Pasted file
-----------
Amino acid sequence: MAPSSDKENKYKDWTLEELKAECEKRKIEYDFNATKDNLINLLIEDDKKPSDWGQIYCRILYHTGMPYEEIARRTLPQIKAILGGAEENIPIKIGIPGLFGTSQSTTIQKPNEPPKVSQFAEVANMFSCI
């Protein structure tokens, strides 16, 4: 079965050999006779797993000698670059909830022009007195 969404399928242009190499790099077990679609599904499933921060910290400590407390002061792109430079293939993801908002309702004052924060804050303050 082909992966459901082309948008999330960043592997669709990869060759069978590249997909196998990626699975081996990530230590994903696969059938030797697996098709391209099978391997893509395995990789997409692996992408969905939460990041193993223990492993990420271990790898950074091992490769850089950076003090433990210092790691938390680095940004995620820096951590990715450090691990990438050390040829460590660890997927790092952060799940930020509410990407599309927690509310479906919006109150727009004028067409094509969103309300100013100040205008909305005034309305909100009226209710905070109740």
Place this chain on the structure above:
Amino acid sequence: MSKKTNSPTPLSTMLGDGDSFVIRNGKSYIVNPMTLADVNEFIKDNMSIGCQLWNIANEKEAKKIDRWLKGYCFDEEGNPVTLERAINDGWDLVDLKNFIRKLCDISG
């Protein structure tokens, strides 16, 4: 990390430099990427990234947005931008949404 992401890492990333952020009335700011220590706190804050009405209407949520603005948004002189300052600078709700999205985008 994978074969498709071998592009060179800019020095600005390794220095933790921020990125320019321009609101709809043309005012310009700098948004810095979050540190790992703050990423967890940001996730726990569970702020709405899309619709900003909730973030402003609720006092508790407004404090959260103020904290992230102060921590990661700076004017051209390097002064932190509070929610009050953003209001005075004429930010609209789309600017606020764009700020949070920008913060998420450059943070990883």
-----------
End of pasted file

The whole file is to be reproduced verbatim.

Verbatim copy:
Amino acid sequence: MAPSSDKENKYKDWTLEELKAECEKRKIEYDFNATKDNLINLLIEDDKKPSDWGQIYCRILYHTGMPYEEIARRTLPQIKAILGGAEENIPIKIGIPGLFGTSQSTTIQKPNEPPKVSQFAEVANMFSCI
């Protein structure tokens, strides 16, 4: 079965050999006779797993000698670059909830022009007195 969404399928242009190499790099077990679609599904499933921060910290400590407390002061792109430079293939993801908002309702004052924060804050303050 082909992966459901082309948008999330960043592997669709990869060759069978590249997909196998990626699975081996990530230590994903696969059938030797697996098709391209099978391997893509395995990789997409692996992408969905939460990041193993223990492993990420271990790898950074091992490769850089950076003090433990210092790691938390680095940004995620820096951590990715450090691990990438050390040829460590660890997927790092952060799940930020509410990407599309927690509310479906919006109150727009004028067409094509969103309300100013100040205008909305005034309305909100009226209710905070109740």
Place this chain on the structure above:
Amino acid sequence: MSKKTNSPTPLSTMLGDGDSFVIRNGKSYIVNPMTLADVNEFIKDNMSIGCQLWNIANEKEAKKIDRWLKGYCFDEEGNPVTLERAINDGWDLVDLKNFIRKLCDISG
């Protein structure tokens, strides 16, 4: 990390430099990427990234947005931008949404 992401890492990333952020009335700011220590706190804050009405209407949520603005948004002189300052600078709700999205985008 994978074969498709071998592009060179800019020095600005390794220095933790921020990125320019321009609101709809043309005012310009700098948004810095979050540190790992703050990423967890940001996730726990569970702020709405899309619709900003909730973030402003609720006092508790407004404090959260103020904290992230102060921590990661700076004017051209390097002064932190509070929610009050953003209001005075004429930010609209789309600017606020764009700020949070920008913060998420450059943070990883």